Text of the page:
One effective benchmark for CEO turnover is tenure — the amount of time that a departing CEO served in that position. Mean tenure varied a great deal by region in 2004, from less than five years in non-Japanese Asia to almost nine years in North America. (See Exhibit 4.) What then constitutes an appropriate CEO tenure, indicating a generally healthy economy?
Globally, in 2004, underperforming CEOs were removed after an average of 4.5 years. In our judgment, this is an appropriate amount of time. In today’s rapidly changing economy, successful strategies have to produce positive results within five years. A 15-year vision is irrelevant. On the other hand, research tells us that CEOs need three to five years to develop their strategies and see them through to their results. CEOs on a short leash tend to become more risk averse and may be reluctant to embark on riskier projects, such as big investments or M&A activity. This may actually hurt sustainable corporate value growth.
In Europe in particular, the pendulum may already have swung too far toward the short term. In 2004, CEOs removed for poor performance were in office for a median tenure of two and a half years, an astonishingly and counterproductively brief period of time. Many of the fundamental changes needed to make companies competitive require more than two years to take effect, especially given the region’s tradition of cooperative labor relations and the high social costs associated with transformative change. Europe may be entering a cycle in which transformative change is required but the threat of rapid dismissal focuses existing CEOs on short-term performance, preventing them from completing (or even launching) the transformations that many European companies need.
In contrast, by global standards, CEO turnover in North America is too low. Boards in North America are the slowest to remove underperforming CEOs: The 5.2 years the average underperforming American chief gets is significantly longer than the span in any other region of the world. The rate of performance-related successions in North America is also low: 3.6 percent of American CEOs were fired in 2004, compared with the global average of 4.4 percent. We estimate that the 9.5 percent of North American CEOs departing between 2000 and 2004 whose companies underperformed the stock market should have been removed much more quickly by their boards; the Michael Eisner soap opera is by no means an isolated case. Our estimate reflects CEOs who underperformed the stock market not only during their full tenure, but also during the second half of their tenure, and whose total tenure exceeded the global average. Shareholders would have been better off if these CEOs had been removed at the midpoint of their tenure.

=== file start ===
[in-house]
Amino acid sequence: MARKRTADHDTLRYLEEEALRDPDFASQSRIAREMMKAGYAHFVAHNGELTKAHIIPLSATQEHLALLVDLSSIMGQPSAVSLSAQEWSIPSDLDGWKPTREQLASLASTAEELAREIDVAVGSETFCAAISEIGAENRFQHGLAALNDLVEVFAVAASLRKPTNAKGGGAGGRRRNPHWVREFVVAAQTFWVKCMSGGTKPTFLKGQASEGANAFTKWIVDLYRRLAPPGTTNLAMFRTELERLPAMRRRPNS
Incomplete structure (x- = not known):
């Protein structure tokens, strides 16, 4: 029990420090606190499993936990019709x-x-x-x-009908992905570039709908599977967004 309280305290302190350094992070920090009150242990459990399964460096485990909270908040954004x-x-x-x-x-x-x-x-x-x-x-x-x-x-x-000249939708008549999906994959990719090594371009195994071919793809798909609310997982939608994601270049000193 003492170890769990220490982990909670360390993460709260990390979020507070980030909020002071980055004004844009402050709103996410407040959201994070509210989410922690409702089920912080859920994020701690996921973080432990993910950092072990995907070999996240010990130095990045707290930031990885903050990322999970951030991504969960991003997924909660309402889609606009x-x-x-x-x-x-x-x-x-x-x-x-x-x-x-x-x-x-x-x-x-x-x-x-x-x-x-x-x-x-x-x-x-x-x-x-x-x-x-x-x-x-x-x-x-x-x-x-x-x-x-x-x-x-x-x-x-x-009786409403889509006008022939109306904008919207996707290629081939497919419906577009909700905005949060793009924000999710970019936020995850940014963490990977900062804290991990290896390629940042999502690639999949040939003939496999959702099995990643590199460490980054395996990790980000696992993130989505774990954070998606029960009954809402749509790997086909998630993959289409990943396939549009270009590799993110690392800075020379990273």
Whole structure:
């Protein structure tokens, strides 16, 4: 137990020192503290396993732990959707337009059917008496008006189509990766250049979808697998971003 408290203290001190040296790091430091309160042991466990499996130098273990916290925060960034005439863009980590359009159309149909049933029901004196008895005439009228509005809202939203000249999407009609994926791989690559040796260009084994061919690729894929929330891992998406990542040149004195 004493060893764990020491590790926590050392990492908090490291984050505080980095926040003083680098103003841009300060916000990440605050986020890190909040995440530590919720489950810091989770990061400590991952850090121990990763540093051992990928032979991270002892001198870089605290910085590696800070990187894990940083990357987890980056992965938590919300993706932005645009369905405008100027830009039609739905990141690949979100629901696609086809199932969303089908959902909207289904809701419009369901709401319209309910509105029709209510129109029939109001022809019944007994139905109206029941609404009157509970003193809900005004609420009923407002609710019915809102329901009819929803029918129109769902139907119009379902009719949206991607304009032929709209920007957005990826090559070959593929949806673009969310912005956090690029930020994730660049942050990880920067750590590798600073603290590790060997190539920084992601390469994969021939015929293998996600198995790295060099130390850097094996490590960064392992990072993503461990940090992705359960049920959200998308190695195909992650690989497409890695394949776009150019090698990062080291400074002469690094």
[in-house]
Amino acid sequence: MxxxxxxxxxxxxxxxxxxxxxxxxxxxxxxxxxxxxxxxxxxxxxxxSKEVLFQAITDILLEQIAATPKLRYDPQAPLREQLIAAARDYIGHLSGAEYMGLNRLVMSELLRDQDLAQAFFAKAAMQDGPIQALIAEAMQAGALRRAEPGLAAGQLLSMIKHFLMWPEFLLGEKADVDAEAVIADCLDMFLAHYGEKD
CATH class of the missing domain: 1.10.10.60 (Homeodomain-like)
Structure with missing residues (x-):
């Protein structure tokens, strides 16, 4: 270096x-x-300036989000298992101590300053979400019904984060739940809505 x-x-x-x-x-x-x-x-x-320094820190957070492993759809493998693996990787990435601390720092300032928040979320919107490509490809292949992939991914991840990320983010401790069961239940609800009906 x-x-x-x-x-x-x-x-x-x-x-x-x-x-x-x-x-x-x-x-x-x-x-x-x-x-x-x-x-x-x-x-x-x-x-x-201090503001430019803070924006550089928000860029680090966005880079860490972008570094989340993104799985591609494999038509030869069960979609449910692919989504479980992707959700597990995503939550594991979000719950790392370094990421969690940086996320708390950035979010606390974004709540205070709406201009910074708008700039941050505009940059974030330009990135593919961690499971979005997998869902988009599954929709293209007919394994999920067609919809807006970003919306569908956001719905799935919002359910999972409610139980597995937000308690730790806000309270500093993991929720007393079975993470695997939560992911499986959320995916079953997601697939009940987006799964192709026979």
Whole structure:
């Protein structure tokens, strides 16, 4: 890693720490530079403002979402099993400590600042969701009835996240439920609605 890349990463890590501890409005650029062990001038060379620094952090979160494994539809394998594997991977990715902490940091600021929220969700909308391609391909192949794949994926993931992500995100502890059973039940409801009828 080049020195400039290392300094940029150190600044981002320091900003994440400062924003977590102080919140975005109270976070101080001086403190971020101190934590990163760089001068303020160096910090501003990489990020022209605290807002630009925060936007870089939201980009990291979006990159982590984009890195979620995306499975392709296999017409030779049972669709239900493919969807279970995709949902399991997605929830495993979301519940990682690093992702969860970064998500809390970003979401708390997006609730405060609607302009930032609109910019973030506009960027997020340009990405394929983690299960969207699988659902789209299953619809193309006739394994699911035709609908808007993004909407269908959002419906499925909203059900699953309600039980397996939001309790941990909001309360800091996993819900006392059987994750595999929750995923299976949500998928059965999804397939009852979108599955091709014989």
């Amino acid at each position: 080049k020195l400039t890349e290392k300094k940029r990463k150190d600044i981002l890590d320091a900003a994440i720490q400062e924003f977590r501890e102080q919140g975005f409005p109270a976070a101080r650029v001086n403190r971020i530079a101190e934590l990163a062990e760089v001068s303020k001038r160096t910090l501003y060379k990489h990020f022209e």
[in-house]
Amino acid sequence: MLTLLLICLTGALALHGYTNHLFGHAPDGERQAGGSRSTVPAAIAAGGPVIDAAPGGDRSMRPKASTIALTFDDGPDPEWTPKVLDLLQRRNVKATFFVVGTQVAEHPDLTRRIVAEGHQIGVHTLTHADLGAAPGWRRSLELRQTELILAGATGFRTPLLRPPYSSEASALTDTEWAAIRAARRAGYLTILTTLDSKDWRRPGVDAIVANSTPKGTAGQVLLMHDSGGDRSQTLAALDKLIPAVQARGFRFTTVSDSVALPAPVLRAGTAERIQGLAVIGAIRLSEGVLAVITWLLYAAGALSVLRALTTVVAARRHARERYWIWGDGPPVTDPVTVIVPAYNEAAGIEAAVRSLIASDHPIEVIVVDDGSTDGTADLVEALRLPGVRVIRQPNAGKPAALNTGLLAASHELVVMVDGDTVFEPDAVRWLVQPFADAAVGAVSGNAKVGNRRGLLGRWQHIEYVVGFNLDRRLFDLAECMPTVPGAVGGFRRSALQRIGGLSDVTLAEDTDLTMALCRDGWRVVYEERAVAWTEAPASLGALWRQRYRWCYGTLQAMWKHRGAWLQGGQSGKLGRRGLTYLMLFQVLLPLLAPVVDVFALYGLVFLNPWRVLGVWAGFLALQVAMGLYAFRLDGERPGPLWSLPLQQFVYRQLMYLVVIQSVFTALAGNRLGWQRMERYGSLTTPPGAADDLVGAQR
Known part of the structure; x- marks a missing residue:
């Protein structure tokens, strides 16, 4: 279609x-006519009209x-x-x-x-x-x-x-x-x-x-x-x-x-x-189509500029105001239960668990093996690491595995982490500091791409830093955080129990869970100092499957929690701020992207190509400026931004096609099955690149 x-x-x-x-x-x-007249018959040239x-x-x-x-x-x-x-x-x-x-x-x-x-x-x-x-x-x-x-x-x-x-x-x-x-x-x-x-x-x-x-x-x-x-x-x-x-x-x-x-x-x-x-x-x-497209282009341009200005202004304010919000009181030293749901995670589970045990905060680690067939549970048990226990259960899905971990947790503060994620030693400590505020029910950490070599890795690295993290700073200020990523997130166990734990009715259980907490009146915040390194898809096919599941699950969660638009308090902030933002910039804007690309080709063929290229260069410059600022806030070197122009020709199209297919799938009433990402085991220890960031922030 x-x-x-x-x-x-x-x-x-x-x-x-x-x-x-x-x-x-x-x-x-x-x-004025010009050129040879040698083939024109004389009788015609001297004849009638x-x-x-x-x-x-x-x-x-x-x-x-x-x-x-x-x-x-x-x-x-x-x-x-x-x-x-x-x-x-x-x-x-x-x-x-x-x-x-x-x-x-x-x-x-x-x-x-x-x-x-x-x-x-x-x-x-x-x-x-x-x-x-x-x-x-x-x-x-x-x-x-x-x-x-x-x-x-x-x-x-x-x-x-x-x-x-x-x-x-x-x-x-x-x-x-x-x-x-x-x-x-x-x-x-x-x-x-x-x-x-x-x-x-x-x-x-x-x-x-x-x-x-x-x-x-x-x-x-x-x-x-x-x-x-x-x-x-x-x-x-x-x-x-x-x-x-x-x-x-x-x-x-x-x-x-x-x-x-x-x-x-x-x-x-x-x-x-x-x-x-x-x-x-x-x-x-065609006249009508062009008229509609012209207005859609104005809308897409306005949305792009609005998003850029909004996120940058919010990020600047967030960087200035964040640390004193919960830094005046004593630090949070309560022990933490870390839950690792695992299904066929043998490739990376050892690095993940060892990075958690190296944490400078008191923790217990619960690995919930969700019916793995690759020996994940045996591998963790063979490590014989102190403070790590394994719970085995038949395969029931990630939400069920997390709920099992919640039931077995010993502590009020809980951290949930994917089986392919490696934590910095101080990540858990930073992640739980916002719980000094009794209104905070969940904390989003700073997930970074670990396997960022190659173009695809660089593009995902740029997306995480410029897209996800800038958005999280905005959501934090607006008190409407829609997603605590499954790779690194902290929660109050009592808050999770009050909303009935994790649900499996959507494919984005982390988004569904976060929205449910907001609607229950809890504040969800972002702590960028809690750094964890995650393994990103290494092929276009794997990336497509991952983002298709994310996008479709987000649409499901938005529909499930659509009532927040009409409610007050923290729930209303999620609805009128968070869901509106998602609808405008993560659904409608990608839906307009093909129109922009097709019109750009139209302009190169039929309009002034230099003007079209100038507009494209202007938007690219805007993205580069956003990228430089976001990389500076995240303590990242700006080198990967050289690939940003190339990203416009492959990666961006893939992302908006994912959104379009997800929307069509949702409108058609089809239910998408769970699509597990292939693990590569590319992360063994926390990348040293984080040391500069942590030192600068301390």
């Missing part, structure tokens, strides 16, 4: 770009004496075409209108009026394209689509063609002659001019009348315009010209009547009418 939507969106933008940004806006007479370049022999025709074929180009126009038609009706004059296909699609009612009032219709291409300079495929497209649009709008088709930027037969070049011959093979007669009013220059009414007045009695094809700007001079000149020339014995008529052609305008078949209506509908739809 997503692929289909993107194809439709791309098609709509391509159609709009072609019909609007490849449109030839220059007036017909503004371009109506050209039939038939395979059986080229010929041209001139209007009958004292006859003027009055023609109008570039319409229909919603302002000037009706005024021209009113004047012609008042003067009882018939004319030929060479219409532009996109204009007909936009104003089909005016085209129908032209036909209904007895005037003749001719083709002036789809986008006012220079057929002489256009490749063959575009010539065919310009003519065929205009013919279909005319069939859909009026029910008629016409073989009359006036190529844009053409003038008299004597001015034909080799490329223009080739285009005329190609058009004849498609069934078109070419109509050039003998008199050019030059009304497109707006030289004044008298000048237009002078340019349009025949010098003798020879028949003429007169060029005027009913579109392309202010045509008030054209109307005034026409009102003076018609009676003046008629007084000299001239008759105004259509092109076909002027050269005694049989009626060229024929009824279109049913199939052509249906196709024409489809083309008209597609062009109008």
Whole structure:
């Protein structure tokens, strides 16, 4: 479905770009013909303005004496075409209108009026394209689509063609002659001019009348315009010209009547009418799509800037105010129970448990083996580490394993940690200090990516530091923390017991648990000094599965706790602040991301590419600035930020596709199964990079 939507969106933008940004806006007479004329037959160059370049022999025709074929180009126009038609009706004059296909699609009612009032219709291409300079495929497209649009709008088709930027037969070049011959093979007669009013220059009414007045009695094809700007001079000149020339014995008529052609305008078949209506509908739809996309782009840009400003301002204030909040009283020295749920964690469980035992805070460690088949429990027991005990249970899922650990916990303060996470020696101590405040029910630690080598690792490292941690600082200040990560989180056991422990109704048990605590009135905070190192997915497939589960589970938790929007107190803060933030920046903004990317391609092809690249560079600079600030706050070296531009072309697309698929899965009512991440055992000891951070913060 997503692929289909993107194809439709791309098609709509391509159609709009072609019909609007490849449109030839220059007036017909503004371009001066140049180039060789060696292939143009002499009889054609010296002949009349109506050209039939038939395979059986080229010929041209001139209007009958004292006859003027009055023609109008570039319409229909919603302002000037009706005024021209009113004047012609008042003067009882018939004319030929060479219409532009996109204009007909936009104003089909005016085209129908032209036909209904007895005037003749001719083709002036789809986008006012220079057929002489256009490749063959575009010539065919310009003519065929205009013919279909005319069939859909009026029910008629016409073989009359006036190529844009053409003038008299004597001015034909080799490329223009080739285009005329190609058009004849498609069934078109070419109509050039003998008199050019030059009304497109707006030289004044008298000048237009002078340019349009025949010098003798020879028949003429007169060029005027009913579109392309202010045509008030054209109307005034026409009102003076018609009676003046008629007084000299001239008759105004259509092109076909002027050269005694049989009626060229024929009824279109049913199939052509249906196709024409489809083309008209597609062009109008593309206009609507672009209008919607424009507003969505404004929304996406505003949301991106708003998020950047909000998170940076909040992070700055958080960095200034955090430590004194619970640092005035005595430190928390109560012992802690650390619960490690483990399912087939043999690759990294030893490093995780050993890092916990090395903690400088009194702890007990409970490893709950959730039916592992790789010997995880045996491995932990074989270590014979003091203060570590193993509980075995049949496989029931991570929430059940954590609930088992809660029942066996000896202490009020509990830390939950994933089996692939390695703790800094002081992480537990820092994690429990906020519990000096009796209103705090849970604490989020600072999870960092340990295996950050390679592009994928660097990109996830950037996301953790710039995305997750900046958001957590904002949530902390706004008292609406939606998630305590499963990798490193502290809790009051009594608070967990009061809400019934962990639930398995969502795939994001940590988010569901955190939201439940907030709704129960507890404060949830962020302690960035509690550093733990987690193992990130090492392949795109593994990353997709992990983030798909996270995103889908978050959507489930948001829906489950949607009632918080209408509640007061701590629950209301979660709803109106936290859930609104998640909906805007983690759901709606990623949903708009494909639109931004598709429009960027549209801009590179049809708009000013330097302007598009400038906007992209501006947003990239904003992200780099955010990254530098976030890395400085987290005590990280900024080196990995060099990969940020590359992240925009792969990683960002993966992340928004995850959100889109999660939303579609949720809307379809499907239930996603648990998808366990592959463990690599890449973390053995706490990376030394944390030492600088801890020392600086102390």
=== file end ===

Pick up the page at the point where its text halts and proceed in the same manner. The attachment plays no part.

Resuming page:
The principal driver of the long mean North American tenure is the extraordinary proportion of CEOs who stay in office at least 20 years — three times as many long-service CEOs as in Europe and nearly twice as many as in Japan and the rest of the world. This phenomenon reflects, in part, the strengths of the North American economy: Half the long-serving CEOs are founding entrepreneurs in the mold of Dell Inc.’s Michael Dell, who relinquished the chief’s job to Kevin Rollins in 2004 after two decades; another quarter are visionary CEOs who transformed and renewed major corporations, such as August Busch III, who succeeded his father as head of Anheuser Busch Companies 30 years ago.
Long-serving North American CEOs generally deliver extraordinary performance: Seventy-eight percent of them delivered above-average returns to investors over their full tenure. However, only two-thirds also delivered superior returns during the last half of their tenure.